An Imagined Visit to an Old Tobacco shop

Blog by Steve Laug

I would have loved to visit Offterdinger Cigar Store in Washington, D.C. pictured in the photo below from 1926. It is the kind of shop that I can only imagine and also one that reminds me of the way the Old Morris Tobacconist Shop looked like when I first visited it in my teen years. Sadly this kind of shop is long gone and is a memory for only those of us who have had the pleasure of visiting them. The difference between the two shops during that era really is the addition of the soda fountain in the D.C. shop. It is almost like the fountain was added to keep the family busy while dad was picking up his cigars and pipe tobacco for the week. It must have been a hopping shop on the weekends with many families wandering through picking up their parcels. The days of this kind of tobacco shop are sadly a thing of the past in most places. Places that are dedicated to pipes, tobacco and cigars have all but disappeared to be replaced by head shops and glass pipe shops. I thought it might be interesting to let my imagination wander through this shop for a bit and try to capture some of the feel of this kind of shop. So it is with that intent that I write this blog. Let the story begin.

The bell over the door rang to announce my entrance to the shop. I walked into the store and took in the sights of the room. (I do this in real life as well!) The loft at back overlooking the shop seemed to be the business center of the shop. It had the accountant and manager/owner at work balancing accounts, dealing with payroll and placing orders with distributors. I would love to have been able to listen in on their conversation as I watched them from below.

To my right the wall of the shop was lined with glass doored cupboards filled with an amazing assortment of cigars, all boxed, sealed and ready to be purchased. From the empty spots that can be seen through the glass doors it was obvious that the shop did a brisk business. To the left of the cash register the glass counter top and display units in front of the cupboards had more cigars that appeared to be sold as singles. There is a brass spittoon on the floor in front of the display case which leads me to believe that they also carried chewing tobacco. There was also a display of pipes, pipe and cigar cases and other assorted accessories on the right side of the register. There were no ashtrays visible on the counter tops which made me wonder.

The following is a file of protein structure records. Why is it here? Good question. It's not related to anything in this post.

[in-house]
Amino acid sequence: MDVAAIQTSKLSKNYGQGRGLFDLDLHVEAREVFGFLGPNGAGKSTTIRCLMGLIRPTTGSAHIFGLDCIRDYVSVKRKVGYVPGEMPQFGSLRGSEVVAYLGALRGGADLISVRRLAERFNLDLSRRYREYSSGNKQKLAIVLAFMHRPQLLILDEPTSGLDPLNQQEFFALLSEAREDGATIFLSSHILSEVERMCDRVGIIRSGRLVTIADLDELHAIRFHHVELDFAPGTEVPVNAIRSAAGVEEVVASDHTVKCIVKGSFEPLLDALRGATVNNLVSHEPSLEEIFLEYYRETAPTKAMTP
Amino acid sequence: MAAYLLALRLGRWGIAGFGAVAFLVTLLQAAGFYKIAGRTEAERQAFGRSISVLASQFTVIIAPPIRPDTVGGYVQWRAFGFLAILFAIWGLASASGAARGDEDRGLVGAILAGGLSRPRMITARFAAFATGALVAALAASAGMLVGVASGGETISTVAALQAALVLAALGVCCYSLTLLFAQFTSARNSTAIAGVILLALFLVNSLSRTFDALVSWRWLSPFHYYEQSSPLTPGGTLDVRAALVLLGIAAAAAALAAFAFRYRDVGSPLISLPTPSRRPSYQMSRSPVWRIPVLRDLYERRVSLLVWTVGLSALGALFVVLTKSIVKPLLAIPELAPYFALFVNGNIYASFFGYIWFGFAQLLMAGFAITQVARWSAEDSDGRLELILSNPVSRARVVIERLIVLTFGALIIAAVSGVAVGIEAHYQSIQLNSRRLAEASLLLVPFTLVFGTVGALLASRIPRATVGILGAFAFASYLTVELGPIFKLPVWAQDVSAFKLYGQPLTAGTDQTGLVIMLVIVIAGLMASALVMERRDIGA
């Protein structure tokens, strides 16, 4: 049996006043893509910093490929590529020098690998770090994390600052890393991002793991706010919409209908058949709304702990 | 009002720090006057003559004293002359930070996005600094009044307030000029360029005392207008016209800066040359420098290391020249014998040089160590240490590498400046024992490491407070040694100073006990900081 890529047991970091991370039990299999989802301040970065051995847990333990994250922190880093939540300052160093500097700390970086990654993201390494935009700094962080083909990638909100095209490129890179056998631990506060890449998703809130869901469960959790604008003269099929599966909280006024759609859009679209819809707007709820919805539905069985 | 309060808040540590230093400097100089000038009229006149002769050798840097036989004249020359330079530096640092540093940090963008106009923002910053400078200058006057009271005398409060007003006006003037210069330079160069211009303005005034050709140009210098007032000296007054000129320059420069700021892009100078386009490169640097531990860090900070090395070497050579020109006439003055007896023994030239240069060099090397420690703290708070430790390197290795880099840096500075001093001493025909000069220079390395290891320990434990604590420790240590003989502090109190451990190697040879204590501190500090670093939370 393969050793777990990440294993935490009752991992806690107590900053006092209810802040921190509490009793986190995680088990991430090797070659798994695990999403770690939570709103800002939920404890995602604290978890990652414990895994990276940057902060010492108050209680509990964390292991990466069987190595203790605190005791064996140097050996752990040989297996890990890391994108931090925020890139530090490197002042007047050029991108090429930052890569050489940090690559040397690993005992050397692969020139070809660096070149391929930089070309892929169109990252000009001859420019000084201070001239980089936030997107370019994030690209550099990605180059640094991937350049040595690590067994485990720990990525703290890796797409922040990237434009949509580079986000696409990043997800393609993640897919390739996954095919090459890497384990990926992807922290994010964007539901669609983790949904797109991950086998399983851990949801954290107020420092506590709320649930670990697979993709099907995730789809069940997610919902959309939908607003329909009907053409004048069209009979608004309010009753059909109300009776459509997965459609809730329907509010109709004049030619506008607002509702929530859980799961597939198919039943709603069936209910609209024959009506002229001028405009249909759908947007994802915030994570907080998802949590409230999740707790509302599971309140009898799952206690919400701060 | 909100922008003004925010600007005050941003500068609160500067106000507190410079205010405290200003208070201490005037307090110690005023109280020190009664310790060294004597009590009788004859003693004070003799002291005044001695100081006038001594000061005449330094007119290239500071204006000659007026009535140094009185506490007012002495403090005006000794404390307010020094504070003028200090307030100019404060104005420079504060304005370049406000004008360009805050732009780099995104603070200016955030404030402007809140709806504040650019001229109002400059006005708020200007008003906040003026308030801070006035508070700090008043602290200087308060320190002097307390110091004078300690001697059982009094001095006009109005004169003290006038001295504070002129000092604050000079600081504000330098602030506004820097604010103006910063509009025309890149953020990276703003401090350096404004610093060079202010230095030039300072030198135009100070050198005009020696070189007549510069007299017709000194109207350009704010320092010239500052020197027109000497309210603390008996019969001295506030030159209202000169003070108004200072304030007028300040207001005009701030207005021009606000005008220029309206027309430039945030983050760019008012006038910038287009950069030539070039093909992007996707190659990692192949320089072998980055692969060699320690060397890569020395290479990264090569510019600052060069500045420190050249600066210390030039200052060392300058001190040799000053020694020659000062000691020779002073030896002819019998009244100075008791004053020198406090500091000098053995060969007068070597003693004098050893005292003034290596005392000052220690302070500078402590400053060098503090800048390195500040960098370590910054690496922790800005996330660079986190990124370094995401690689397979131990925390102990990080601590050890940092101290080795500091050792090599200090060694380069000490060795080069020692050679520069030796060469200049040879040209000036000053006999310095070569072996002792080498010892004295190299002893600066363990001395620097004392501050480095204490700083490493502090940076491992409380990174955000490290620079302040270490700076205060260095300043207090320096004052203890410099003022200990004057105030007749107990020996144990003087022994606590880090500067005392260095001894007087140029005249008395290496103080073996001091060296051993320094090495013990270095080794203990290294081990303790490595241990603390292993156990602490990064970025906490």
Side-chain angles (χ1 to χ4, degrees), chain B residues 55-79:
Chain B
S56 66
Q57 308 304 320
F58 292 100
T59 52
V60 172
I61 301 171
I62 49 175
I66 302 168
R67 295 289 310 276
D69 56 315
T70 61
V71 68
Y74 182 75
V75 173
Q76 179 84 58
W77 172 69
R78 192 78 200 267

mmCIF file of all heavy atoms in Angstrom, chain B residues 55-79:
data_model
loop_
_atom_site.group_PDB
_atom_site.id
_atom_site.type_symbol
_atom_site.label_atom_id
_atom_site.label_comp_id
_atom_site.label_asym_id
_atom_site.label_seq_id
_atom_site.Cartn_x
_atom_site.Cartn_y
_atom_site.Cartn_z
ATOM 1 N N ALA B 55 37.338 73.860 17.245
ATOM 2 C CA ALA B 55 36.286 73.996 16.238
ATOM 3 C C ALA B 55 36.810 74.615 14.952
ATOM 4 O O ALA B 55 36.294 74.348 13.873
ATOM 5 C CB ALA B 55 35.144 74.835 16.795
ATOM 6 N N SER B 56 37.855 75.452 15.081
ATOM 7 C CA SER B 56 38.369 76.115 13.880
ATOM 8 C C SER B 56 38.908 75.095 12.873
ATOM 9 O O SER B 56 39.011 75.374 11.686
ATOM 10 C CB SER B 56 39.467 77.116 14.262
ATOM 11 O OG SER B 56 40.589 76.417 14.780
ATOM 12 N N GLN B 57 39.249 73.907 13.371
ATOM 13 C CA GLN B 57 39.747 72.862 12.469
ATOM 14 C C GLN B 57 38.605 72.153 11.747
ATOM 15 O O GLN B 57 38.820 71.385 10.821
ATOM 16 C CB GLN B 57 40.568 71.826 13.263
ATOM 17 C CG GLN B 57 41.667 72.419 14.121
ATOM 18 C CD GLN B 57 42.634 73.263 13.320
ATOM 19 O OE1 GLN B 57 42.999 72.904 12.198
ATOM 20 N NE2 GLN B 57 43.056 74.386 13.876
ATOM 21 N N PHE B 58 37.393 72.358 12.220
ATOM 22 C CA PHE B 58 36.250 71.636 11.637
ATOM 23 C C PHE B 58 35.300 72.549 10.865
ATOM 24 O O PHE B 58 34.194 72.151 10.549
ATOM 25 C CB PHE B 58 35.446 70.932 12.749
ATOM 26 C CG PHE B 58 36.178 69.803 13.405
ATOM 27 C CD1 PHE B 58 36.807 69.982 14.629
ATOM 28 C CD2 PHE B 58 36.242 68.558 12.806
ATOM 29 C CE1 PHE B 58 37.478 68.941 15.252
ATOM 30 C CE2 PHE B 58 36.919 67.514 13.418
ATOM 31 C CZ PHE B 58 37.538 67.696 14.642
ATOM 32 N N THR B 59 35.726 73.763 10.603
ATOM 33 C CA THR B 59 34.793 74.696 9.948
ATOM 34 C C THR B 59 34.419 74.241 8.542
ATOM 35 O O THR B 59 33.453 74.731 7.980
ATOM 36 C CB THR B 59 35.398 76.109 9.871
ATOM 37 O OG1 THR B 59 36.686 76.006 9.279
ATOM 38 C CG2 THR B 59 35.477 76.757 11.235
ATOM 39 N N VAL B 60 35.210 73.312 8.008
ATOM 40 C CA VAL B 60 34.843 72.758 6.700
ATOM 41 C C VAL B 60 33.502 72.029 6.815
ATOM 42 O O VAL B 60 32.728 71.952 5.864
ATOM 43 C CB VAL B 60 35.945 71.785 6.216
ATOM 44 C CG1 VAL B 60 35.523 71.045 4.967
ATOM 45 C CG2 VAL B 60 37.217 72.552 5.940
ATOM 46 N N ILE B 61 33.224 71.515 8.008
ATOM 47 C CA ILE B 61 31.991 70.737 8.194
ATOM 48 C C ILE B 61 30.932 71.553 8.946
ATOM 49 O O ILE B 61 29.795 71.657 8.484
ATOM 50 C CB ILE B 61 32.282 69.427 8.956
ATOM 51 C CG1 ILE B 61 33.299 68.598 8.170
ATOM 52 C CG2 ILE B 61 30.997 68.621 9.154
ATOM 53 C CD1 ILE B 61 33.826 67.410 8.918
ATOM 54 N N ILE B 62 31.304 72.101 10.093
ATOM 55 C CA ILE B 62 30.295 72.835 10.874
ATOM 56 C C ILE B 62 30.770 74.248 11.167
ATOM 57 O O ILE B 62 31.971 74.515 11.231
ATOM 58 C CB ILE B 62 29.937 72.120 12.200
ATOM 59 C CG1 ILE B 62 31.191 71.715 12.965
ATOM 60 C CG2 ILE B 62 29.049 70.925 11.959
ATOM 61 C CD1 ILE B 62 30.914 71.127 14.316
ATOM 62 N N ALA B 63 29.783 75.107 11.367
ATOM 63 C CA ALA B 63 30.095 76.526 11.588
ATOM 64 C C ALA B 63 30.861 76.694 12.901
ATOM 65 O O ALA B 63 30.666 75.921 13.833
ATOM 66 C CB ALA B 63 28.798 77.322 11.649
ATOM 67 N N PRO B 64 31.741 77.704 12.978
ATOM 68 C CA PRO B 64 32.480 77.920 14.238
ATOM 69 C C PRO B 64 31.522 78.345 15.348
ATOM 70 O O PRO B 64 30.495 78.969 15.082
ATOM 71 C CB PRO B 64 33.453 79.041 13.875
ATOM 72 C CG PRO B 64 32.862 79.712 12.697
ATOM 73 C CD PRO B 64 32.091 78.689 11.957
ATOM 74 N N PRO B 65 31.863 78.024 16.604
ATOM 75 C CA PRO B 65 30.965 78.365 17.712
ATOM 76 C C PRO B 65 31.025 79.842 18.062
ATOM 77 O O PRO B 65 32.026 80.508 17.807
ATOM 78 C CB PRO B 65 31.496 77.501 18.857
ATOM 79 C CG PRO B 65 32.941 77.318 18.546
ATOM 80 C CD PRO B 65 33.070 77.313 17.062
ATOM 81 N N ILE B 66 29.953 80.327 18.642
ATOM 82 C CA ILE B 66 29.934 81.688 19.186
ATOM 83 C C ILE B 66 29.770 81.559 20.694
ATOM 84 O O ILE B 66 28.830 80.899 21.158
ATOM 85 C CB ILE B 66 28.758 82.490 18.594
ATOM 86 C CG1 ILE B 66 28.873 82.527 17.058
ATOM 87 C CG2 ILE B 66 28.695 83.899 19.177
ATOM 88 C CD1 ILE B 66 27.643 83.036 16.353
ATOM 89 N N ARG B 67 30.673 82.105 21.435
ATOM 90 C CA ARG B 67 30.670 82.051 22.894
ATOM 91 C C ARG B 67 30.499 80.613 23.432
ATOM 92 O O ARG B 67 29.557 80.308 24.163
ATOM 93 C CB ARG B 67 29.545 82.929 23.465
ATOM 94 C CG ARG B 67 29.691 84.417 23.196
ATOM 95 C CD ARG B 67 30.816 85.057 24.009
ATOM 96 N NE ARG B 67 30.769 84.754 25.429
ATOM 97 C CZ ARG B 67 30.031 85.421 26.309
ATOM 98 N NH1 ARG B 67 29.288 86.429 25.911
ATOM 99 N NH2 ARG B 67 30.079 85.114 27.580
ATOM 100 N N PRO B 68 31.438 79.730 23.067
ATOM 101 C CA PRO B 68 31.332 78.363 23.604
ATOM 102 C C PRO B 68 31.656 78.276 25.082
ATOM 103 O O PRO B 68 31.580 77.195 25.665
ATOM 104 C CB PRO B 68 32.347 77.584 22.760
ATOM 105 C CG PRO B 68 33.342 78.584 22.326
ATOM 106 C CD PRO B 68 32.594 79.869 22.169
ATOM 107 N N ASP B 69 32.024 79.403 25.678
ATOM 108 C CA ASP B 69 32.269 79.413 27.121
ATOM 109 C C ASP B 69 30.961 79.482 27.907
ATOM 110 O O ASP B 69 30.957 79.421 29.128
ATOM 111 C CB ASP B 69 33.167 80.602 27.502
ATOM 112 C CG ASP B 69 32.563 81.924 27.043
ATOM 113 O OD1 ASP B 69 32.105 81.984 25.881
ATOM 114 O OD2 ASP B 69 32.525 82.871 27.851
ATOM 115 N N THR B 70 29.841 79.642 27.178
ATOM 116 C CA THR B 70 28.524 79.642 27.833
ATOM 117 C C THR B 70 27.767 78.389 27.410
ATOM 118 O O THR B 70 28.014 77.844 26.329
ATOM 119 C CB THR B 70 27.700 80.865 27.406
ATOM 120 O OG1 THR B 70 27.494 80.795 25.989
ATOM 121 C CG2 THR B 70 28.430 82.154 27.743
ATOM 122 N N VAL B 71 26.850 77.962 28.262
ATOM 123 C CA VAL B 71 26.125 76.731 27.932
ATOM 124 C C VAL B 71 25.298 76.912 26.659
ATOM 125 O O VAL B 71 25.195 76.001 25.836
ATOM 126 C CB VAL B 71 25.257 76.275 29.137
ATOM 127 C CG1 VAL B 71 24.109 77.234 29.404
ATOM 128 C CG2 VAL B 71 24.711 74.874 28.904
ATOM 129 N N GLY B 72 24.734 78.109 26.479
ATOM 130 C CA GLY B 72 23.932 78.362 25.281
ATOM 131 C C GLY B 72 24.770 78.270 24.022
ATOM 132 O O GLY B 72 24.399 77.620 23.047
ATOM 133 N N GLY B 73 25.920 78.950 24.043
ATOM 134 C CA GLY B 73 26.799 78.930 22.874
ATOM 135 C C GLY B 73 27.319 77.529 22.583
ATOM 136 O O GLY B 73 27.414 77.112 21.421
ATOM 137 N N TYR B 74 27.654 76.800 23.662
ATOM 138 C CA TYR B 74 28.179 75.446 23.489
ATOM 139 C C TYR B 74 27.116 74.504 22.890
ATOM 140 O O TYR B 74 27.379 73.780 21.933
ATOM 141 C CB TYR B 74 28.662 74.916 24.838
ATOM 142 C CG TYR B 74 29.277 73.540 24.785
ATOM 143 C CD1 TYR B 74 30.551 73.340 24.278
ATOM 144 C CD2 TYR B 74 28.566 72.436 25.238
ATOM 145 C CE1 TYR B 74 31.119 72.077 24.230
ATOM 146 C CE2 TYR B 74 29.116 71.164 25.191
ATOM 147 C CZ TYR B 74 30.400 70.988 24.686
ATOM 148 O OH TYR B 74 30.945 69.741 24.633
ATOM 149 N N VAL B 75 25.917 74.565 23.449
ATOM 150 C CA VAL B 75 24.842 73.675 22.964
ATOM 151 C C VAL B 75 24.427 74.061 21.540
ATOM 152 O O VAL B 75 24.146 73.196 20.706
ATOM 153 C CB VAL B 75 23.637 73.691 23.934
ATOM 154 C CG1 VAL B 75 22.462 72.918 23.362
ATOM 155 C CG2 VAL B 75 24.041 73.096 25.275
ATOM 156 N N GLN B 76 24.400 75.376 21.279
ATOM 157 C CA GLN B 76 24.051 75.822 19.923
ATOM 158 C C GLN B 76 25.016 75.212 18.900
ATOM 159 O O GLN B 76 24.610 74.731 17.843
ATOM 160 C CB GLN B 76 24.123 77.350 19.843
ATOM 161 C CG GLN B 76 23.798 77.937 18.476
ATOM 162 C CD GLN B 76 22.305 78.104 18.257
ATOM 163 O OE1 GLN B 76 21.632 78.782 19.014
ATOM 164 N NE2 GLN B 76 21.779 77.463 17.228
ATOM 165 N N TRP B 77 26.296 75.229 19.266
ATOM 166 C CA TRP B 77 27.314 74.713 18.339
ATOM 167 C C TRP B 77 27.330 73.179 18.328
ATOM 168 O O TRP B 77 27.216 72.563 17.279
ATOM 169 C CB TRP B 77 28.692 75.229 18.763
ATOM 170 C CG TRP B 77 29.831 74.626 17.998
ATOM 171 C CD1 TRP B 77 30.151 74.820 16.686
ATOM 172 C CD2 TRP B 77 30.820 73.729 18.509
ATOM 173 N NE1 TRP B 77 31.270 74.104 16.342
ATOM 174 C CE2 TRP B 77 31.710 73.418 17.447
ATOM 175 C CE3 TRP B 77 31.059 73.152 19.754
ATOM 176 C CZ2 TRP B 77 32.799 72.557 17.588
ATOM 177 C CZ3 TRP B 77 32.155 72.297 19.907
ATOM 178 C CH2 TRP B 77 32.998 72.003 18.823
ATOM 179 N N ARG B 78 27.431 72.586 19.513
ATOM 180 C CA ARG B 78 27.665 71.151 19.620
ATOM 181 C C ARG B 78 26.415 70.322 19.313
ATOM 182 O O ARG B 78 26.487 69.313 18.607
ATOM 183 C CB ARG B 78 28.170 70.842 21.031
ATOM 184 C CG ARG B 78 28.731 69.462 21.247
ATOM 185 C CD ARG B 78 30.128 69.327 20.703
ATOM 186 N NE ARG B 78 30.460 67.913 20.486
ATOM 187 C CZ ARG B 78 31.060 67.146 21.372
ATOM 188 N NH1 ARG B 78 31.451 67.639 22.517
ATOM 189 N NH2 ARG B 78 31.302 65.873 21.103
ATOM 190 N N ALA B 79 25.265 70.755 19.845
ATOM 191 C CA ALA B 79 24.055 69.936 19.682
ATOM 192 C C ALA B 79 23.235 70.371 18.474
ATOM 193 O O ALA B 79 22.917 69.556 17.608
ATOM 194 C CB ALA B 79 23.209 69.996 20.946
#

Further down the right side toward the back of the shop is a counter where drinks could be ordered. It appears to be a traditional soda fountain with dispensers on the counter top. The women standing at the counter has a drink (coffee/tea/soda) in her right hand. There are coffee and tea urns on the wall behind the fountain. There is the traditionally clothed “soda jerk” standing behind the counter to serve customers who seek some refreshment. At the moment the photo was taken he appears to be engaged in a conversation with the fellow at the end of the counter and the woman in front of the counter. I can’t help but wonder what they are talking about.

At the back of the shop there closed room with glass doors under the balcony. The shelving on the right wall could be where single cigars were kept and customers could enter and pick a cigar of their preference. Or perhaps it is a small smoking room with chairs and the illusive ashtrays where a pipe or cigar man could relax with a drink and enjoy his purchase. Personally I lean toward it being a smoking room as the right wall cupboards and the display cases to the left of the cash register are filled with cigars.